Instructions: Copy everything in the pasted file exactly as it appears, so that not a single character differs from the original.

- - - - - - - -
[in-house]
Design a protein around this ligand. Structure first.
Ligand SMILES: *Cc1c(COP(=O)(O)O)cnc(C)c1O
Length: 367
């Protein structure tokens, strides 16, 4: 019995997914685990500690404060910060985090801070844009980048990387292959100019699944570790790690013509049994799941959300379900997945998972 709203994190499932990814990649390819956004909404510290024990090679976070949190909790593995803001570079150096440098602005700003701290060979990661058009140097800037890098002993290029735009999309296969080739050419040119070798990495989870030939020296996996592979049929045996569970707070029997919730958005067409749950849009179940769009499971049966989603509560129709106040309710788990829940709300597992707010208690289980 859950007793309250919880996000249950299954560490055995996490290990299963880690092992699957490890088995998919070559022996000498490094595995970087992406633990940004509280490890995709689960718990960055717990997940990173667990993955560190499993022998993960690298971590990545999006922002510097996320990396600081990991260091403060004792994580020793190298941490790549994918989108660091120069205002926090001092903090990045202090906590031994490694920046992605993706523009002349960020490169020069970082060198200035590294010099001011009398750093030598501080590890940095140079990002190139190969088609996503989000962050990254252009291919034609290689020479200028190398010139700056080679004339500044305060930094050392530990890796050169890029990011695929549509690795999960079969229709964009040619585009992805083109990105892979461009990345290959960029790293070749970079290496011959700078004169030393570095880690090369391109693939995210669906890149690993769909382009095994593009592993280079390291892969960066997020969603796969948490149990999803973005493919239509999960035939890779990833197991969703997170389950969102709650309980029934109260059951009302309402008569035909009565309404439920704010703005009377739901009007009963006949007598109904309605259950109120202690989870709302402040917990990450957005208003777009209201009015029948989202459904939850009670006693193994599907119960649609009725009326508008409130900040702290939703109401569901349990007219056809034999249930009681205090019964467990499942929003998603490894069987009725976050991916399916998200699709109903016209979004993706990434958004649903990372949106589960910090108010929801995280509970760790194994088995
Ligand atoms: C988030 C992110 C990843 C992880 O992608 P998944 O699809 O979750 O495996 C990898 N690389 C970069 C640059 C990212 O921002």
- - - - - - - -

[in-house]
Design a protein around this ligand. Structure first.
Ligand SMILES: *Cc1c(COP(=O)(O)O)cnc(C)c1O
Length: 367
């Protein structure tokens, strides 16, 4: 019995997914685990500690404060910060985090801070844009980048990387292959100019699944570790790690013509049994799941959300379900997945998972 709203994190499932990814990649390819956004909404510290024990090679976070949190909790593995803001570079150096440098602005700003701290060979990661058009140097800037890098002993290029735009999309296969080739050419040119070798990495989870030939020296996996592979049929045996569970707070029997919730958005067409749950849009179940769009499971049966989603509560129709106040309710788990829940709300597992707010208690289980 859950007793309250919880996000249950299954560490055995996490290990299963880690092992699957490890088995998919070559022996000498490094595995970087992406633990940004509280490890995709689960718990960055717990997940990173667990993955560190499993022998993960690298971590990545999006922002510097996320990396600081990991260091403060004792994580020793190298941490790549994918989108660091120069205002926090001092903090990045202090906590031994490694920046992605993706523009002349960020490169020069970082060198200035590294010099001011009398750093030598501080590890940095140079990002190139190969088609996503989000962050990254252009291919034609290689020479200028190398010139700056080679004339500044305060930094050392530990890796050169890029990011695929549509690795999960079969229709964009040619585009992805083109990105892979461009990345290959960029790293070749970079290496011959700078004169030393570095880690090369391109693939995210669906890149690993769909382009095994593009592993280079390291892969960066997020969603796969948490149990999803973005493919239509999960035939890779990833197991969703997170389950969102709650309980029934109260059951009302309402008569035909009565309404439920704010703005009377739901009007009963006949007598109904309605259950109120202690989870709302402040917990990450957005208003777009209201009015029948989202459904939850009670006693193994599907119960649609009725009326508008409130900040702290939703109401569901349990007219056809034999249930009681205090019964467990499942929003998603490894069987009725976050991916399916998200699709109903016209979004993706990434958004649903990372949106589960910090108010929801995280509970760790194994088995
Ligand atoms: C988030 C992110 C990843 C992880 O992608 P998944 O699809 O979750 O495996 C990898 N690389 C970069 C640059 C990212 O921002």